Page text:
The senior administration official said U.S. concerns about Chinese cyber activities have been raised with senior Chinese officials. “We’re not ruling out further action to hold the PRC accountable,” the official said.

The United States and China have already been at loggerheads over trade, China’s military buildup, disputes about the South China Sea, a crackdown on democracy activists in Hong Kong and treatment of the Uyghurs in the Xinjiang region.

Blinken cited the Justice Department indictments as an example of how the United States will impose consequences.

The defendants and officials in the Hainan State Security Department, a regional state security office, tried to hide the Chinese government’s role in the information theft by using a front company, according to the indictment.

The campaign targeted trade secrets in industries including aviation, defense, education, government, health care, biopharmaceutical and maritime industries, the Justice Department said.

Victims were in Austria, Cambodia, Canada, Germany, Indonesia, Malaysia, Norway, Saudi Arabia, South Africa, Switzerland, the United Kingdom and the United States.

“These criminal charges once again highlight that China continues to use cyber-enabled attacks to steal what other countries make, in flagrant disregard of its bilateral and multilateral commitments,” Deputy U.S. Attorney General Lisa Monaco said in the statement.

(Reporting by Steve Holland, David Shepardson, Doina Chiacu and Lisa Lambert; Editing by Chizu Nomiyama and Grant McCool)

Hundreds evacuated in New Zealand’s Canterbury region floods

By Praveen Menon

WELLINGTON (Reuters) – Hundreds of people were evacuated overnight and many more face the risk of abandoning their homes in New Zealand’s Canterbury region as heavy rains raised water levels and caused widespread flooding.

At least 300 homes in Canterbury were evacuated overnight as water levels rose in rivers across the region in a “one-in-100-year deluge,” local media reports said on Monday.

Several highways, schools and offices were closed and New Zealand’s Defense Forces deployed helicopters to rescue some people stranded in floods in the Ashburton area.

Ashburton’s Mayor Neil Brown said “half of Ashburton” would need to be evacuated if the river’s levees broke but there was “still quite a bit of capacity” in the river.

“We need it to stop raining to let those rivers drop,” said Brown, according to the New Zealand Herald.

New Zealand’s MetService had issued a red warning on Sunday for heavy rain for Canterbury and multiple warnings elsewhere.

The government announced NZ$100,000 ($72,500) towards a Mayoral Relief Fund to support Canterbury communities impacted by the flooding, Kris Faafoi, the acting minister for emergency management said in a statement.

“While it is still very early to know the full cost of the damage, we expect it to be significant and this initial contribution will help those communities to start to get back on their feet,” said Faafoi.

(Reporting by Praveen Menon; editing by Diane Craft)

New Zealanders urged to evacuate after third earthquake triggers tsunami warnings

By Praveen Menon

WELLINGTON (Reuters) – Tsunami warning sirens sounded on Friday and thousands of New Zealanders on the North Island’s east coast evacuated to higher ground after a third earthquake.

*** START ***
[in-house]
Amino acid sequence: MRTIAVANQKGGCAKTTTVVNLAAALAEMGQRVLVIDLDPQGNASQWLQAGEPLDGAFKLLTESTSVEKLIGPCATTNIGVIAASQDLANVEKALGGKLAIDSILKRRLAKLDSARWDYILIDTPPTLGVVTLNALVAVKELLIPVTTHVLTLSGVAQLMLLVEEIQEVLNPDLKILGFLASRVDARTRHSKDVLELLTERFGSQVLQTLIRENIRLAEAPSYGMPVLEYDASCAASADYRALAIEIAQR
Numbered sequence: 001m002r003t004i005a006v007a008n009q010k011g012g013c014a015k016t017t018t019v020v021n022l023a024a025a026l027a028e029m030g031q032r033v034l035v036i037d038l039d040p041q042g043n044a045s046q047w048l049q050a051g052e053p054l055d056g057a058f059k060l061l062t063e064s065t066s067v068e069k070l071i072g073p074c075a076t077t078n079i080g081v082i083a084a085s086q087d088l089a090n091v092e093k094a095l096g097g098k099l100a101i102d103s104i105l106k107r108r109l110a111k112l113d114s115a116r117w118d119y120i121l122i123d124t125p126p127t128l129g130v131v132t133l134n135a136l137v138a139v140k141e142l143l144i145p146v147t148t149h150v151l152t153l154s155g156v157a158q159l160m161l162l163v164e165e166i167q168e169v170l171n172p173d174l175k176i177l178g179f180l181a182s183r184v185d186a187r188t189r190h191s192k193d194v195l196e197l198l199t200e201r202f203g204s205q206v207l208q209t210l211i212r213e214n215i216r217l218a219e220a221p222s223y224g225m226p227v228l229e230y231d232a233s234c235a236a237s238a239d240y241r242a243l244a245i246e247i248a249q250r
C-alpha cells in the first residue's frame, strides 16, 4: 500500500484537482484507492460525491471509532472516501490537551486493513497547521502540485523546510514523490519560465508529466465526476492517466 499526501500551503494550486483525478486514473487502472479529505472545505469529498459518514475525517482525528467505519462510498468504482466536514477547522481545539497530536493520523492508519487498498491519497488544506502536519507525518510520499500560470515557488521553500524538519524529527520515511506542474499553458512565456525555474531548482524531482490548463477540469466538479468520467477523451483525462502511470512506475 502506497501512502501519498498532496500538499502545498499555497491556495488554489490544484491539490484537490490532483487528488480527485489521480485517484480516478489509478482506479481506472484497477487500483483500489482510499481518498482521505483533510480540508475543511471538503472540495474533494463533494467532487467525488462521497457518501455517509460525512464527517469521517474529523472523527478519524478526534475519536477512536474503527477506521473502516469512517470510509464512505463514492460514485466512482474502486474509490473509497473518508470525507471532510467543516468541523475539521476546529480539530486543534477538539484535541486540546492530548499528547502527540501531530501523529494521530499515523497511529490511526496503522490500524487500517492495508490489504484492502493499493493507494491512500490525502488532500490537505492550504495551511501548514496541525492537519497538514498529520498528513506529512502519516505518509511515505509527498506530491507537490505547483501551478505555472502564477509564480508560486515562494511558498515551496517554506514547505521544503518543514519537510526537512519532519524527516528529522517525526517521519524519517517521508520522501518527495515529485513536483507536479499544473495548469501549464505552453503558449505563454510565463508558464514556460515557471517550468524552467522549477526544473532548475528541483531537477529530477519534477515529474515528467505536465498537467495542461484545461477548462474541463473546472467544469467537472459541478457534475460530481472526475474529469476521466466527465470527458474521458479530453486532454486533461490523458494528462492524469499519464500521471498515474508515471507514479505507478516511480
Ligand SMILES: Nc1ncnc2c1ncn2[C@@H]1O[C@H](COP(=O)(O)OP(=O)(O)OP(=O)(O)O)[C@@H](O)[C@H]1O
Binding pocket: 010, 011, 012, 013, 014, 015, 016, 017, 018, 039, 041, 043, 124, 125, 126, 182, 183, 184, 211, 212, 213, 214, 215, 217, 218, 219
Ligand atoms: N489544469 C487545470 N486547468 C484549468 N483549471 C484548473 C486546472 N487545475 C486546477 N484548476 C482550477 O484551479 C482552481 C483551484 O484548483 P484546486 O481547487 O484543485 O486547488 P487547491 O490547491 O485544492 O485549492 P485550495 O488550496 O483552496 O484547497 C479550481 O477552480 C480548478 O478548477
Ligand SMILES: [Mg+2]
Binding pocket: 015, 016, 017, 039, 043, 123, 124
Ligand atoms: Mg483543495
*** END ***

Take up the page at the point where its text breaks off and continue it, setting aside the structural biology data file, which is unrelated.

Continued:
Workers, students and residents fled in areas like Northland and Bay of Plenty. Civil defense officials were on the ground to help people evacuate as authorities said tsunami waves could reach three meters (10 feet) above tide levels.

The latest quake had a magnitude of 8.1 and struck the Kermadec Islands, northeast of New Zealand’s North Island. This came shortly after a 7.4 magnitude earthquake in the same region. Earlier, a large 7.2 magnitude earthquake struck about 900 kilometers (540 miles) away on the east of the North Island. There were no reports of damage or casualties from the quakes.

New Zealand’s National Emergency Management Agency (NEMA) said the first waves would arrive on New Zealand’s north shores by about 9:45 a.m. It said areas under threat were from the Bay of Islands to Whangarei, from Matata to Tolaga Bay including Whakatane and Opotiki, and the Great Barrier Island.

“We want everyone to take this threat seriously. Move to high ground,” Whangarei Mayor Sheryl Mai told state broadcaster TVNZ.

Warnings were also issued for other Pacific islands like Tonga, American Samoa, Fiji, Vanuatu, Hawaii and others.

Australia issued a marine tsunami threat for Norfolk Island but said there was no threat to the mainland. Chile said it could experience a minor tsunami.

The 7.2 magnitude earthquake that struck off the east of New Zealand’s North Island was felt by more than 60,000 people across the country with many describing the shaking as “severe”. Aftershocks were still being recorded in the area.

“People near the coast in the following areas must move immediately to the nearest high ground, out of all tsunami evacuation zones, or as far inland as possible. DO NOT STAY AT HOME,” NEMA said on Twitter.

“The earthquake may not have been felt in some of these areas, but evacuation should be immediate as a damaging tsunami is possible,” it added.

(Reporting by Praveen Menon in Wellington and Byron Kaye in Sydney; Editing by Nick Macfie, Chizu Nomiyama, Daniel Wallis and Cynthia Osterman)

Nearly 100 whales die after mass stranding in New Zealand